Go to AfricaBib home

Go to AfricaBib home AfricaBib Go to database home

bibliographic database
Line
Previous page New search

The free AfricaBib App for Android is available here

Periodical article Periodical article Leiden University catalogue Leiden University catalogue WorldCat catalogue WorldCat
Title:Death and attitudes to death at the time of early European expeditions to Africa (15th century)
Author:Tymowski, MichalISNI
Year:2014
Periodical:Cahiers d'études africaines (ISSN 0008-0055)
Volume:54
Issue:215
Pages:787-811
Language:English
Geographic term:West Africa
Subjects:death
Portuguese
Africans
expeditions
1400-1499
Abstract:This article deals with death and attitudes to death at the time of early European expeditions to Africa. It describes the events that resulted in death and analyses attitudes towards death, ways of reacting to death, the causes of both sides, and the consequences of the death for those who remained alive. The problem is the one-sidedness of the source material. Firstly, the available sources (chronicles, travel reports, few documents and court records) are exclusively European. Second, the attitudes towards death were different in knights' environment than in the environment of merchants. In turn, in the documents one can find testimony of legal consequences of the death of the Portuguese in Africa. As to the Portuguese, the death of famous persons was treated differently than the death of the persons who had no social position. Above all, the death of persons on one's own side is treated differently than the death of persons of the opposite side. The deaths of Africans from the viewpoint of the Portuguese were anonymous and collective. In the first phase of African expeditions death was usually violent. There was no time for the dying to prepare for it, no time for contemplation or for usual gestures of custom and culture. The late medieval 'ars moriendi' could not be realized. Africans - on the contrary - could organize the appropriate burial ceremonies for their own died persons. But the death of captured slaves occurred in the person's isolation and was particularly lonely. Bibliogr., notes, ref., sum. in English and French. [Journal abstract]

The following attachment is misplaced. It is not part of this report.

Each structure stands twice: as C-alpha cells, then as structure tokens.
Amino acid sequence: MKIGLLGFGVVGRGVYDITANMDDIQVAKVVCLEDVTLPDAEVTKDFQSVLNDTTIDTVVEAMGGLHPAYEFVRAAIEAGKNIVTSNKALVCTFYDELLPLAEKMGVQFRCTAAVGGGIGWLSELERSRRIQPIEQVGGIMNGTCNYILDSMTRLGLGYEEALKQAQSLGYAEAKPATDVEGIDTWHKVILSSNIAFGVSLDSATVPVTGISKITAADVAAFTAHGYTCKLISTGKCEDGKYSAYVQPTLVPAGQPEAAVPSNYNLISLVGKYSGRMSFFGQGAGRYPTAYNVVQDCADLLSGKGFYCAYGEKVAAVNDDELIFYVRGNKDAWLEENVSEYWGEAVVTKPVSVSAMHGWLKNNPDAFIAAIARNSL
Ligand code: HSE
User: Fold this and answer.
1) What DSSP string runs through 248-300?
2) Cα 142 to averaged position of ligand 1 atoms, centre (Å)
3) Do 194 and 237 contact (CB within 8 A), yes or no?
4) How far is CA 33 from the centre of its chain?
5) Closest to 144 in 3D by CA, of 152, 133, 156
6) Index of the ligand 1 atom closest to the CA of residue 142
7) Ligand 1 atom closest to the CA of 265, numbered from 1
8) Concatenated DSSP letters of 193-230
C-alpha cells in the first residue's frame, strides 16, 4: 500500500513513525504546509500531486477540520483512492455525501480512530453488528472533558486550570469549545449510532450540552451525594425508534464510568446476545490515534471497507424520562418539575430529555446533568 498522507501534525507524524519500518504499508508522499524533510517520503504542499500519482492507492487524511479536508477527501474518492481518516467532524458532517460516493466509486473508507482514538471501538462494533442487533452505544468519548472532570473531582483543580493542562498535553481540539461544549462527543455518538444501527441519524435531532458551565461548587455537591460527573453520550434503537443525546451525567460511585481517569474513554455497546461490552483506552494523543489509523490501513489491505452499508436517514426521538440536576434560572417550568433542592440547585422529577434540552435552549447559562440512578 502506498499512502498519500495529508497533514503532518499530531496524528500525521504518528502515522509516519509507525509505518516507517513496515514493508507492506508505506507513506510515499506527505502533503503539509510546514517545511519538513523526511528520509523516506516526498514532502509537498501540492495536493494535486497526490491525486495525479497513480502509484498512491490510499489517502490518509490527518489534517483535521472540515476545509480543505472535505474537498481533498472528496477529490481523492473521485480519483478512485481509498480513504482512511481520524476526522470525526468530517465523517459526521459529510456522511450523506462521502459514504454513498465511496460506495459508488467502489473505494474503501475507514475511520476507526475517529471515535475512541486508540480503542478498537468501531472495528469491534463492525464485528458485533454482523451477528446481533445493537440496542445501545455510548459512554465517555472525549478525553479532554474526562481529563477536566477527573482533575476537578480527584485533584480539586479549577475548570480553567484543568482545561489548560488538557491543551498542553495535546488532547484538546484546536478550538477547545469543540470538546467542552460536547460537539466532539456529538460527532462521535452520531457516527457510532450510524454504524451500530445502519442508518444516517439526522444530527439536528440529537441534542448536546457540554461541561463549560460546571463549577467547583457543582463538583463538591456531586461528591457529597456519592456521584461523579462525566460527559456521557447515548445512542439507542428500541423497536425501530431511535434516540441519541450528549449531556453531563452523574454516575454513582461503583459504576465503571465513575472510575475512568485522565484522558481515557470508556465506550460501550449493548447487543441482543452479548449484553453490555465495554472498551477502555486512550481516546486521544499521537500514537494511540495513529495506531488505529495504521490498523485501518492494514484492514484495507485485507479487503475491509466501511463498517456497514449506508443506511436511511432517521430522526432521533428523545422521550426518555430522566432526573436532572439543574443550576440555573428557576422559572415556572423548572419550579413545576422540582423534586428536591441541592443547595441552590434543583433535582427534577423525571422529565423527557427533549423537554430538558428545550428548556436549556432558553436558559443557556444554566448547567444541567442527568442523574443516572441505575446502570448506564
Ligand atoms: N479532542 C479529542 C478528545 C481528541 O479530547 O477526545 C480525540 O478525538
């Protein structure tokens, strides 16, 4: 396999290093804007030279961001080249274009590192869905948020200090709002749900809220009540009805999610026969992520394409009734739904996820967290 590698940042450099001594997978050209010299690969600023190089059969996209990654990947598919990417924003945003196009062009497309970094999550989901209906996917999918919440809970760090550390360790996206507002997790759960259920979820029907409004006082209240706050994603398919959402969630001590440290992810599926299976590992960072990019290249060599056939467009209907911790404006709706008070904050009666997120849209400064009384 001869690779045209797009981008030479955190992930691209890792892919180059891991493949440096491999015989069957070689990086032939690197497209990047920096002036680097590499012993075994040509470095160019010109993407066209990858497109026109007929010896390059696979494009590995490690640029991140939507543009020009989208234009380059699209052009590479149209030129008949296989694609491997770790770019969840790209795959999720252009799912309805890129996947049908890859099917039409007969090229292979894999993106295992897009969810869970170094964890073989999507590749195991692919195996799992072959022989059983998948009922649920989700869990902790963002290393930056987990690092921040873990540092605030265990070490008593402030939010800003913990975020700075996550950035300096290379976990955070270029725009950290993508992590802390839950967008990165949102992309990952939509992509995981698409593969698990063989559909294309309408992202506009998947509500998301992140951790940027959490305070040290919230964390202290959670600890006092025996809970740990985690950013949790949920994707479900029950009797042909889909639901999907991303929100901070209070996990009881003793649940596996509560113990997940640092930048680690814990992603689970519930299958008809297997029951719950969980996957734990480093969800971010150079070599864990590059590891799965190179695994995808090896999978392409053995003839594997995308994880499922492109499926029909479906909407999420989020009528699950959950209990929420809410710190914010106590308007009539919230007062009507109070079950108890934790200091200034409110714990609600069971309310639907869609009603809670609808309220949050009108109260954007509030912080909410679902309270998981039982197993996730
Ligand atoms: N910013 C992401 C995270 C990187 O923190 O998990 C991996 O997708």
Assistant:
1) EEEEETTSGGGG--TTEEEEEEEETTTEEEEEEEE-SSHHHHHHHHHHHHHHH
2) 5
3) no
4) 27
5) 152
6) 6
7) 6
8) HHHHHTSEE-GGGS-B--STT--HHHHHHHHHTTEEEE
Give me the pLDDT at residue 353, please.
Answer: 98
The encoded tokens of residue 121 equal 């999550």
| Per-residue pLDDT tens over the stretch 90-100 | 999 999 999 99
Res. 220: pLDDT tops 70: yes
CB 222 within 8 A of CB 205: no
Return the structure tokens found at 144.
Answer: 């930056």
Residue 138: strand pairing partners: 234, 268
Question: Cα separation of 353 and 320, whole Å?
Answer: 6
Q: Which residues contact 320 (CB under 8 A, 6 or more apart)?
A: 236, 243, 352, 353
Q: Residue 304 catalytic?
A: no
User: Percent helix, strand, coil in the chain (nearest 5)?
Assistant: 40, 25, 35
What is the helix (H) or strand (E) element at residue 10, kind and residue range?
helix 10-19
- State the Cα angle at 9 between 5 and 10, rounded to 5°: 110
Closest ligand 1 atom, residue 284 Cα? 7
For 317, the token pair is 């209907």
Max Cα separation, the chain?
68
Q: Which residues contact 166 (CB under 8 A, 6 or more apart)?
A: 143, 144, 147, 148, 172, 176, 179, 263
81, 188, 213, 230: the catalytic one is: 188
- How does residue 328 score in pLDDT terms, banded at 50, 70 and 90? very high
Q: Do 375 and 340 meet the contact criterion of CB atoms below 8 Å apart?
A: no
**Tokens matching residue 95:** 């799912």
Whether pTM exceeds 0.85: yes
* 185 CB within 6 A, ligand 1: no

Views

Cover